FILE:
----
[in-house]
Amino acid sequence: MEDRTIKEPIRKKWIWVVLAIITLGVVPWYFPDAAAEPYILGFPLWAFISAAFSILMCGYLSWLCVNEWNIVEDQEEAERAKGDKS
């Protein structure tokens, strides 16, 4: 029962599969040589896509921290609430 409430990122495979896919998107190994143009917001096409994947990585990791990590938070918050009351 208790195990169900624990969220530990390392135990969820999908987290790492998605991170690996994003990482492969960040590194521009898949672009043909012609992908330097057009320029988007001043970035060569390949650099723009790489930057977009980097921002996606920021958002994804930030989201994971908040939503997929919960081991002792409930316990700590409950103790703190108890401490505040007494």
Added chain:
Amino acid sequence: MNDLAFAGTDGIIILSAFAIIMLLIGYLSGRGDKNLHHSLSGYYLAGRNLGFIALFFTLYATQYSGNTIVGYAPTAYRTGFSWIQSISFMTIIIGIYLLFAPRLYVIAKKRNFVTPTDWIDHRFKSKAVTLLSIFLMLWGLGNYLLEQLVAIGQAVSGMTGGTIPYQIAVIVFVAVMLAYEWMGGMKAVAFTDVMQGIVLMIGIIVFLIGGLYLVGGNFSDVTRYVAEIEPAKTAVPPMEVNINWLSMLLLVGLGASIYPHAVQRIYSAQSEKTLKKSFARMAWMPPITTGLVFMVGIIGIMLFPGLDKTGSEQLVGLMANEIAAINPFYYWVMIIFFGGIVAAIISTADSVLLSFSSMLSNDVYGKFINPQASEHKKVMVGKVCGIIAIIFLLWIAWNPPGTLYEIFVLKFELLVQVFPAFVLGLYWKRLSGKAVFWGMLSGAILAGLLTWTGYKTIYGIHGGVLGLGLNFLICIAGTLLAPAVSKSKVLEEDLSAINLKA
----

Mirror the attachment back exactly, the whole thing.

[in-house]
Amino acid sequence: MEDRTIKEPIRKKWIWVVLAIITLGVVPWYFPDAAAEPYILGFPLWAFISAAFSILMCGYLSWLCVNEWNIVEDQEEAERAKGDKS
């Protein structure tokens, strides 16, 4: 029962599969040589896509921290609430 409430990122495979896919998107190994143009917001096409994947990585990791990590938070918050009351 208790195990169900624990969220530990390392135990969820999908987290790492998605991170690996994003990482492969960040590194521009898949672009043909012609992908330097057009320029988007001043970035060569390949650099723009790489930057977009980097921002996606920021958002994804930030989201994971908040939503997929919960081991002792409930316990700590409950103790703190108890401490505040007494």
Added chain:
Amino acid sequence: MNDLAFAGTDGIIILSAFAIIMLLIGYLSGRGDKNLHHSLSGYYLAGRNLGFIALFFTLYATQYSGNTIVGYAPTAYRTGFSWIQSISFMTIIIGIYLLFAPRLYVIAKKRNFVTPTDWIDHRFKSKAVTLLSIFLMLWGLGNYLLEQLVAIGQAVSGMTGGTIPYQIAVIVFVAVMLAYEWMGGMKAVAFTDVMQGIVLMIGIIVFLIGGLYLVGGNFSDVTRYVAEIEPAKTAVPPMEVNINWLSMLLLVGLGASIYPHAVQRIYSAQSEKTLKKSFARMAWMPPITTGLVFMVGIIGIMLFPGLDKTGSEQLVGLMANEIAAINPFYYWVMIIFFGGIVAAIISTADSVLLSFSSMLSNDVYGKFINPQASEHKKVMVGKVCGIIAIIFLLWIAWNPPGTLYEIFVLKFELLVQVFPAFVLGLYWKRLSGKAVFWGMLSGAILAGLLTWTGYKTIYGIHGGVLGLGLNFLICIAGTLLAPAVSKSKVLEEDLSAINLKA